But here's the deal: I don't know of any other targeted treatments, if cancer were to rear its head again. I keep looking for the research, but it's not there yet. So, even with my (relatively mild) side effects, I will remain on this drug as long as it is working or until something better comes along. A gentle reminder that forgoing treatment altogether is NOT typically recommended for metastatic breast cancer patients, even those of us who are extremely fortunate.
Here is the research I did find on the web in the last week. Have you seen anything you think I should include here? Please send me an email!
"According to a new study, cancerous tumors may grow faster at night, during the hours typically taken up by sleep. Their discovery may point the way toward new, circadian-aligned strategies for treating cancer.""One of the tragic realities of cancer is that the drugs used to treat it are highly toxic and their effectiveness varies unpredictably from patient to patient. However, a new “tumor-in-a-dish” technology is poised to change this reality by rapidly assessing how effective specific anti-cancer cocktails will be on an individual’s cancer before chemotherapy begins.
“This is the first time the 3-D culturing method has been used to predict the effectiveness of different drugs on tumors from individual patients,” said graduate student Alex Walsh, who has played a key role in developing the test."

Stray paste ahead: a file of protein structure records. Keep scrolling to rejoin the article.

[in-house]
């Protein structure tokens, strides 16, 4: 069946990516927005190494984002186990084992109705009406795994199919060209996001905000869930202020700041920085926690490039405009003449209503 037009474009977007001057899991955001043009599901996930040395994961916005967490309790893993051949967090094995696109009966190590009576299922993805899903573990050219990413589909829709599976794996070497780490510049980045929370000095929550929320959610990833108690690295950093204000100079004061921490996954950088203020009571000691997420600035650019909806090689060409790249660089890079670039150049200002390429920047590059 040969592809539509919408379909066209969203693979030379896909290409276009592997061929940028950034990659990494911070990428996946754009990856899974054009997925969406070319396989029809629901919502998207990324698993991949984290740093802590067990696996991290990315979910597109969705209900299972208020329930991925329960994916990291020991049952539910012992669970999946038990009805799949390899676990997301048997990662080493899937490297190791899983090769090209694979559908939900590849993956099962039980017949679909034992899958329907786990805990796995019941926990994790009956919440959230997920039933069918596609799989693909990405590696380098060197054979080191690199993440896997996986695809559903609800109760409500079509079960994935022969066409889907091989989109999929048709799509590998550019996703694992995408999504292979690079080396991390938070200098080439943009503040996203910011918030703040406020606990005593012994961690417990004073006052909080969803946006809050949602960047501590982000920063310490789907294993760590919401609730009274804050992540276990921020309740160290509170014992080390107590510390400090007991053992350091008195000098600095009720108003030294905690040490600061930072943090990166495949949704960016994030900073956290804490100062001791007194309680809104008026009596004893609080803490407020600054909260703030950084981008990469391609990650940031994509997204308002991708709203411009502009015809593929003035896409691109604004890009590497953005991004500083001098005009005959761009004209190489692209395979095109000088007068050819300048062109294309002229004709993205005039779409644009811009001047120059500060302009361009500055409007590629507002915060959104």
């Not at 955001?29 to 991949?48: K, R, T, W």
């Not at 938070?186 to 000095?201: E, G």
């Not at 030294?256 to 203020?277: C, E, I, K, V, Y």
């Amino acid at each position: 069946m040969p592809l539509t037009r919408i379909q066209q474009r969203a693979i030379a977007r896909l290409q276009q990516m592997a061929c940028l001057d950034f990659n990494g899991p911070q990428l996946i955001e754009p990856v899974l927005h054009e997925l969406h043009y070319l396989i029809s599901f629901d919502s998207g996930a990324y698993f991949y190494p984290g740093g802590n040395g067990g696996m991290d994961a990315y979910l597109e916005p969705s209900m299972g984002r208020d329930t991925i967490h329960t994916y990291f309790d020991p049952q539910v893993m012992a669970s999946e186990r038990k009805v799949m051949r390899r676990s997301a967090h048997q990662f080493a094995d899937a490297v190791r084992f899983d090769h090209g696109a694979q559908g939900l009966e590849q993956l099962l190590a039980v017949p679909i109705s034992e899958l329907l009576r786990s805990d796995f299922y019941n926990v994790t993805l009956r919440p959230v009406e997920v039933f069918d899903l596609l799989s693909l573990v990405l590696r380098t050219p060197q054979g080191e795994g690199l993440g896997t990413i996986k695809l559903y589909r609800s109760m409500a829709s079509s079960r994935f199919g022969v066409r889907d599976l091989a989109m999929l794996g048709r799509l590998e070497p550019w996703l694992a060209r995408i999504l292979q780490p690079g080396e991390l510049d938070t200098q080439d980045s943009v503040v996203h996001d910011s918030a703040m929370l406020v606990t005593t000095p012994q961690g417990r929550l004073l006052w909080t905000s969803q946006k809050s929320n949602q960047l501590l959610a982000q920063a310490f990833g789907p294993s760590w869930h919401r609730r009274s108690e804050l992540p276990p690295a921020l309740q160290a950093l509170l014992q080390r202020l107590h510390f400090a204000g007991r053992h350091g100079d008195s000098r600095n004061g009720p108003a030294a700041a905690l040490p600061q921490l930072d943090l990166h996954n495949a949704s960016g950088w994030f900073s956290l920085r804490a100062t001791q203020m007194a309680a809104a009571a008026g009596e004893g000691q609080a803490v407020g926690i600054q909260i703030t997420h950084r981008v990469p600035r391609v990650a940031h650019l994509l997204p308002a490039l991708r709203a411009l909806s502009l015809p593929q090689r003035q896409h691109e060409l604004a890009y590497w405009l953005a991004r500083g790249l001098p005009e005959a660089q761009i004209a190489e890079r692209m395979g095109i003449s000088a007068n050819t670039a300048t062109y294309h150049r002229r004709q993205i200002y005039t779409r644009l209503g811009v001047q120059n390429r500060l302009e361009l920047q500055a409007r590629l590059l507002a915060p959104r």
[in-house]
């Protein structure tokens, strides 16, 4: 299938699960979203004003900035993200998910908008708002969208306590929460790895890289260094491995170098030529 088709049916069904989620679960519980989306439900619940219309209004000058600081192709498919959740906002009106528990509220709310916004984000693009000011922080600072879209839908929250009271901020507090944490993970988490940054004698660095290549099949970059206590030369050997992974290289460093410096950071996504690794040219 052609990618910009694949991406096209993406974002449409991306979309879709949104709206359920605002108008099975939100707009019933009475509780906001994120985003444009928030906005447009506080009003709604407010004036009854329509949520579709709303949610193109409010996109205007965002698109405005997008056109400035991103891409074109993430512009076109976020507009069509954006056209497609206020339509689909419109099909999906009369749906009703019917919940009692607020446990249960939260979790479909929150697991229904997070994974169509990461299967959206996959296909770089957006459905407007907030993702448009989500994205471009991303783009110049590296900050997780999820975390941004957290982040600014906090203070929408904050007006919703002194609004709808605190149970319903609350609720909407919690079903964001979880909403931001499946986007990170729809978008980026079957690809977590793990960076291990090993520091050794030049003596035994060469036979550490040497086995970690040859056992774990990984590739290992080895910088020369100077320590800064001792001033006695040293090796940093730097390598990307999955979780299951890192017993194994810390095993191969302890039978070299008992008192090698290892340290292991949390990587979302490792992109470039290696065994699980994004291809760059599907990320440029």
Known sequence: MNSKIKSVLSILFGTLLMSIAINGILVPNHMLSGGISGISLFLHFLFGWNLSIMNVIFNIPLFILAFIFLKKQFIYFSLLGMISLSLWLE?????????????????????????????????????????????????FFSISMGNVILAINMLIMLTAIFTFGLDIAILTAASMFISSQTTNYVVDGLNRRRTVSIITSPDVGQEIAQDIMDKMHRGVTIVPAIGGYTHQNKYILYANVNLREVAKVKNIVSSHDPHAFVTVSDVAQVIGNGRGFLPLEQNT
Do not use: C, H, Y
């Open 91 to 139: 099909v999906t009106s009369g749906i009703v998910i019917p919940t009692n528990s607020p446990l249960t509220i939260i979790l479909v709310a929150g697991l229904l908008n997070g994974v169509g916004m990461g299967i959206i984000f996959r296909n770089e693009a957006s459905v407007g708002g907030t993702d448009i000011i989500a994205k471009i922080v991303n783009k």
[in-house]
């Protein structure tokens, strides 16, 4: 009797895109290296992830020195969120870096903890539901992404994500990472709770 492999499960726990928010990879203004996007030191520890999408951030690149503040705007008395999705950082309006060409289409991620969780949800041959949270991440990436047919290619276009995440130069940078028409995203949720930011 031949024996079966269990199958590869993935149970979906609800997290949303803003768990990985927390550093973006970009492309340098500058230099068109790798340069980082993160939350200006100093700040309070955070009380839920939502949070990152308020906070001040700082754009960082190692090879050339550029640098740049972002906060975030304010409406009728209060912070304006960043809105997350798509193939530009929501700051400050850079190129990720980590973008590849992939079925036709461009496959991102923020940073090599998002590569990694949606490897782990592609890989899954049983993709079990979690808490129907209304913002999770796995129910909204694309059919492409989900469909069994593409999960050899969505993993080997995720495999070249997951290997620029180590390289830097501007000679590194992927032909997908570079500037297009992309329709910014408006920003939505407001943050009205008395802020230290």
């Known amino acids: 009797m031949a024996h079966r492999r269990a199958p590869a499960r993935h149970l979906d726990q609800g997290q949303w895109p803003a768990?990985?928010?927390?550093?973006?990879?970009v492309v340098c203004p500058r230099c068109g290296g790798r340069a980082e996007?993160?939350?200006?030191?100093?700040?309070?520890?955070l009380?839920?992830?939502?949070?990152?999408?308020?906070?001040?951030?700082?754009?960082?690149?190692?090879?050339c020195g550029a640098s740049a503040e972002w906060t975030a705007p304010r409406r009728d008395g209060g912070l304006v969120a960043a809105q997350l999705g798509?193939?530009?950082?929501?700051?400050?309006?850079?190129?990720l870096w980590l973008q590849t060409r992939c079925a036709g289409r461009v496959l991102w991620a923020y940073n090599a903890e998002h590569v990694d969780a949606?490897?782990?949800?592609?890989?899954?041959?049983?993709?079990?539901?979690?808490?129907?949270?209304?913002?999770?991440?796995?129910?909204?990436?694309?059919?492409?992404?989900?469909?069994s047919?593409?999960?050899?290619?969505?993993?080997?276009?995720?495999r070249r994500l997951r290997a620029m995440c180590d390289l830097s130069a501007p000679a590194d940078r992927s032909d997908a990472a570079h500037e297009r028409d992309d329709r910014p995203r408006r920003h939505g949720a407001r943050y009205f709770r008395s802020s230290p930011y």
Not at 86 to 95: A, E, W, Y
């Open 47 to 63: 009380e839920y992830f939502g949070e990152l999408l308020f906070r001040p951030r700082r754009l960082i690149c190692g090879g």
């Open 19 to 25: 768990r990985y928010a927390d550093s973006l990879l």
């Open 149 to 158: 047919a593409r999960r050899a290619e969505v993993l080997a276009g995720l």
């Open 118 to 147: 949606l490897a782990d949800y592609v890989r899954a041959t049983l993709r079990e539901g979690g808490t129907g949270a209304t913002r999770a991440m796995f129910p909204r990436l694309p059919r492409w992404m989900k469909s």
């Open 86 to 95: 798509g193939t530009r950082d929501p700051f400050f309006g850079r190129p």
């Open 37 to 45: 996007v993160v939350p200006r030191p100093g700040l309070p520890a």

"We found if you put the two drugs together, you have much better ability to kill tumors than applying either drug alone," Keri said. "That's the major discovery. Prescribing both is much better than just selecting one or the other."
"However, the researchers found that the biggest improvement was in women with advanced TNBC. Overall, this group of women's survival improved by almost 5 months."
"The discovery, although still in its infancy, could revolutionize the way doctors approach cancer. 'Igniting the fuse that causes lung cancer cells to self-destruct could pave the way to a completely new treatment approach – and leave healthy cells unharmed,' lead researcher, Dr. Henning Walczak, from University College London Cancer Institute, explained in the press release."